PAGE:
Dorothea Lange’s photograph of the Migrant Mother is notorious for its kinetic portrayal of human struggle during the Great Depression. Lesser known, however, is a mystery surrounding the small matter of a missing thumb.
In 1936, the U.S. Farm Security Administration (FSA) hired Lange and other photographers to document American Life during the Great Depression. The agency believed that pictures had the power to incite the middle class and move the Roosevelt government to take action for the better.
At the close of her month-long assignment, Dorothea was driving down Route 101 in California when she stumbled on a migrant workers camp for farmers who were displaced by the severe dust storms of the “Dirty Thirties”. It was there, in the small town of Nipomo, where she encountered Florence Thompson, a “destitute peapicker” and “32 year old mother of seven children.”
Lange took six pictures of Mrs. Thompson that day, but it was the last image from her Graflex Series D that would be forever etched into American iconography as the Migrant Mother. The photograph was a telltale of the bootstrap mentality at the time—a desperate and uncertain lower shade of middle class that was trying her hardest to make ends meet.
To Miss Lange, however, it was not the telltale of perfection: she removed a thumb from the bottom right-hand corner of the image because she found it to be distracting.
There isn’t a lot of information about the retouch in question—only that the offensive thumb was removed in 1941 in preparation for a gallery exhibit. One can only assume that the editing would have been done under Lange’s supervision, as today’s photographers typically review prints and lend approval prior to installations. Curiously enough, the original—unretouched—version of Migrant Mother was discovered 19 years later in a dumpster behind the San Jose Chamber of Commerce. It would auction for $300,000 some 45 years later.
Dorothea was 46 years old during the 1941 exhibit, and Migrant Mother had been circulating for five years. By then, it’s quite possible that Lange foresaw longevity in her work that stimulated self-awareness. Perhaps it was this realization that transformed Dorothea the Documentarian into Dorothea the Artist?
The direction by the FSA suggests that a transformation to art was verboten. Under the leadership of Roy Stryker, government photographers were to adhere to the scientific method. Images were merely observations—strictly data. The FDR administration would use the data to problem solve the living and working conditions of struggling Americans. Retouching would conflict with scientific objectivity because it introduced bias.
Or was bias the conclusion… and later the intent? Retouching is a subtle hint towards commercialism, after all. Maybe photography was a form of dinosaur social media that FDR used to sell the New Deal to Republicans? Could his administration have urged Lange to further iconize her work—retouch the so-called bad parts—so that the Migrant Mother could be America’s very own Lady Madonna?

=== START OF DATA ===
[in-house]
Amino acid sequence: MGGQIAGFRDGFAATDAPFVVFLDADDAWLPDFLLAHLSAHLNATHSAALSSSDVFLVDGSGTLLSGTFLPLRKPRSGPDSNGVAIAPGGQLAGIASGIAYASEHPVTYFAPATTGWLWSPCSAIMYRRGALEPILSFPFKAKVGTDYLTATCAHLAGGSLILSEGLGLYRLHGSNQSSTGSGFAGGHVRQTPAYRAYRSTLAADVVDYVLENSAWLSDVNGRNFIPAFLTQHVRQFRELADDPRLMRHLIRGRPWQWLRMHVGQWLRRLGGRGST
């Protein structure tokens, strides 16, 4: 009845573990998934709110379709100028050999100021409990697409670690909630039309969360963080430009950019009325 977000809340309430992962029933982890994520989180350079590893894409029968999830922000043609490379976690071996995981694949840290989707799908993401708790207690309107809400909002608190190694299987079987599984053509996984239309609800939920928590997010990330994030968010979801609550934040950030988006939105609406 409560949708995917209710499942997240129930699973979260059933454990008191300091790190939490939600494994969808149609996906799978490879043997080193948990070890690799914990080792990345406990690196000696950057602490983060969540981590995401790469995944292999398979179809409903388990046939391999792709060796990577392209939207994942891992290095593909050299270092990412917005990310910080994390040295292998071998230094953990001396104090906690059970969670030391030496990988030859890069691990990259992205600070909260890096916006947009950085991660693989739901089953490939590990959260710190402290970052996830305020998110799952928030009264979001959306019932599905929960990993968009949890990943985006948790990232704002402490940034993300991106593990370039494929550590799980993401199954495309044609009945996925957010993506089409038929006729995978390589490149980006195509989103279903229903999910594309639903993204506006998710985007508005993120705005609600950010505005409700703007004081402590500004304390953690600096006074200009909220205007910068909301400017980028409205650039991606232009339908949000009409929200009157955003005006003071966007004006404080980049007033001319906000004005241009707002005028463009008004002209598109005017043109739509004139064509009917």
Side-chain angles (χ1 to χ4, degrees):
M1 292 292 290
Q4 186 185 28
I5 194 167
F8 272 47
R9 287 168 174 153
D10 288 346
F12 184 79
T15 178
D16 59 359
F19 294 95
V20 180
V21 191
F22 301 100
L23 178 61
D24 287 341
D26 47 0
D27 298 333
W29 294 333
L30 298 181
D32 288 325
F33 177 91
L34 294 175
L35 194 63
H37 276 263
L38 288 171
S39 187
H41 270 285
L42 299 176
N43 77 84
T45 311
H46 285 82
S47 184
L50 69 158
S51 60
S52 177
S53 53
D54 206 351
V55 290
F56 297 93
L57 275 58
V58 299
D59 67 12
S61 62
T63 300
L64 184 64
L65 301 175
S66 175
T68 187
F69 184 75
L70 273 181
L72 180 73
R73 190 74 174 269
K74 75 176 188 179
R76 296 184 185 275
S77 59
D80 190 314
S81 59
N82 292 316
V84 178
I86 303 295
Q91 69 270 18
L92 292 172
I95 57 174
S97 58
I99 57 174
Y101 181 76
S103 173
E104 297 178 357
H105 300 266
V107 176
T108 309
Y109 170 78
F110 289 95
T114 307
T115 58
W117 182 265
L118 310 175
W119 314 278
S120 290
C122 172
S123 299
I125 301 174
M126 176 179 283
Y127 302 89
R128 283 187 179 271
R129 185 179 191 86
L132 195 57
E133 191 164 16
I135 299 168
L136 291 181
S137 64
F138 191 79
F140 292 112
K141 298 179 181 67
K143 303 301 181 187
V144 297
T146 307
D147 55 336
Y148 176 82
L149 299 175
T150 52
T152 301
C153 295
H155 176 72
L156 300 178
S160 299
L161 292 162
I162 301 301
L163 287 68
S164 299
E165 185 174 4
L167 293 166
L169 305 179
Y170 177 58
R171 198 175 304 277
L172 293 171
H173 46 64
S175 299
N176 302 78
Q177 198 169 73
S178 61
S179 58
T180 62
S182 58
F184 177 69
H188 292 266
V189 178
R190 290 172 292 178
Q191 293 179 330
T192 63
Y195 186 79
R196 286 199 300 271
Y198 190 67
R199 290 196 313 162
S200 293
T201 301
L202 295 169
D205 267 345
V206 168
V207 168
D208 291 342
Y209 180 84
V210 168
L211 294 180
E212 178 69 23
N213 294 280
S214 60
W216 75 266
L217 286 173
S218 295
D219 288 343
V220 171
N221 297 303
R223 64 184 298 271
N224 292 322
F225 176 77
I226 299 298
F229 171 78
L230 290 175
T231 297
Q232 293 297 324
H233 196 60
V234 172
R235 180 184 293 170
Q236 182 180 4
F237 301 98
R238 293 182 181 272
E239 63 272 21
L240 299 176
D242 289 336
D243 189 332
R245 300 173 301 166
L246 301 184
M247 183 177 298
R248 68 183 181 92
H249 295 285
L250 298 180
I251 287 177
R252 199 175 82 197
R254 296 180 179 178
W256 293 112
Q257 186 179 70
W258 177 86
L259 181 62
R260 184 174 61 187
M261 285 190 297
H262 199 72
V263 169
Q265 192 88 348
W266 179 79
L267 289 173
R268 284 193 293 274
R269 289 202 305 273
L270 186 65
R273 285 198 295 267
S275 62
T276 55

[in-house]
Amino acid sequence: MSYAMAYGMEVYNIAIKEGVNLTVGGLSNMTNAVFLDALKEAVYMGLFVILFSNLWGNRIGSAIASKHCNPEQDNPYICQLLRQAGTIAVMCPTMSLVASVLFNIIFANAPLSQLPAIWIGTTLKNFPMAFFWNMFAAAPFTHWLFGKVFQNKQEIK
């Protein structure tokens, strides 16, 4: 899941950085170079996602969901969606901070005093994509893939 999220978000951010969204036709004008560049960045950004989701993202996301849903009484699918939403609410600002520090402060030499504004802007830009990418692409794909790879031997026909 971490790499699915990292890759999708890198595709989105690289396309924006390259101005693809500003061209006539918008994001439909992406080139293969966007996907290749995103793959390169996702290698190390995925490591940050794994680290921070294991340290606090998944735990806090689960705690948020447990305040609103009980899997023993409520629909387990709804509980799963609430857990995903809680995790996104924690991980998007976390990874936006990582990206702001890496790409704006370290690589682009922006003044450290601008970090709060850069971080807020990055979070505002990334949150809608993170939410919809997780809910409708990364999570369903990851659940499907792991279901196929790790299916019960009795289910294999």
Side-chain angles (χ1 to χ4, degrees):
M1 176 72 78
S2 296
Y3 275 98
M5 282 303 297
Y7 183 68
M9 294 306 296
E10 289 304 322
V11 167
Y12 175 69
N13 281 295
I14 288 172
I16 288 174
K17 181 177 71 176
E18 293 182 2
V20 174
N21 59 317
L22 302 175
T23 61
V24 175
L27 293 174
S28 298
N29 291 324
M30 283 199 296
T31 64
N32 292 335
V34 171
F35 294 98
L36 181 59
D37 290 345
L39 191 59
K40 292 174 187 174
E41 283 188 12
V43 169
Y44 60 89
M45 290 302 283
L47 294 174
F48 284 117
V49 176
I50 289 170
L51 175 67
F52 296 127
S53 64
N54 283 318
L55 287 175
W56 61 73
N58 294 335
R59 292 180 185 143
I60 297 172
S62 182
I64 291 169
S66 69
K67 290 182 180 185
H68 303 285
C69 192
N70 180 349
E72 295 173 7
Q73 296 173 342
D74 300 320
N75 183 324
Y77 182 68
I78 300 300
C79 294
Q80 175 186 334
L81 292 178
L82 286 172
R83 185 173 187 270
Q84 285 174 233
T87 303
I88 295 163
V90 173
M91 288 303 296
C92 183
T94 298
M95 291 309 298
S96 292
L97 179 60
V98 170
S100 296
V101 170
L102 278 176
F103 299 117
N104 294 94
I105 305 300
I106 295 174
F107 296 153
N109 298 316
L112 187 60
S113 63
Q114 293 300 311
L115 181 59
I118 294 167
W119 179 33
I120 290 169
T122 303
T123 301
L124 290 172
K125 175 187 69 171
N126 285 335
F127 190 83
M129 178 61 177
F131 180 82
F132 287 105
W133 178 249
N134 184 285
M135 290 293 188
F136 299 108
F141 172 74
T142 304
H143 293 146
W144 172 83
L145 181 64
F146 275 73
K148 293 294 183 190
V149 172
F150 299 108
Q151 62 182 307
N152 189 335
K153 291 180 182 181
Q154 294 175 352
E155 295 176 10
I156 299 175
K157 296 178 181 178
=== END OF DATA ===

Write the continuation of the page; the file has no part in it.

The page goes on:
Dorothea the Documentarian transforms into Dorothea the Clean Cut American Propagandist. There was certainly enough puffery in advertising to be had during World War II. Perhaps there was no other way.
THE TRASH BIN
Speculation aside, the fact remains that someone threw away 25 year-old originals into the San Jose Chamber of Commerce dumpster. That’s California’s Lady Madonna… without makeup… in the trash… in the heart of today’s Silicon Valley, a hotbed of innovation. Genius. And don’t tell me it was some form of spring cleaning. It’s springtime all year round.
Why would the government dispose of material that it considered to be data? Why not return the undesired thumb to Lange? She was still alive and well in 1960 and lived another five years beyond that. Dorothea had gained so much notoriety by then that it would have been easy to get in contact with her. The original negative had a file number on it, for crying out loud.
Retouching is nothing new in the world of documentary. W Eugene Smith famously fused two negatives together into a single image of Albert Schwietzer. Which leaves us to wonder—is the Migrant Mother better with or without a thumb?
There’s a saying in art that goes, “it’s not what you put in, but what you leave out.” Personally, I think Dorothea Lange left some meaning on the cutting room floor. Florence Thompson was the anchor for her three daughters in the photograph. What anchored her in such a time of despair? To see her hand brace the side of the tent might suggest that she is simply trying to hold on—both literally and figuratively. I don’t find the thumb so offensive. To be honest, I didn’t notice it in the first place.
Today, in the age of digital tomfoolery, we can only hope for truth in media. But we only know what they’re willing to share.
Makes you wonder what else is in the garbage.
By Joe Santa, Corbis Senior Art Director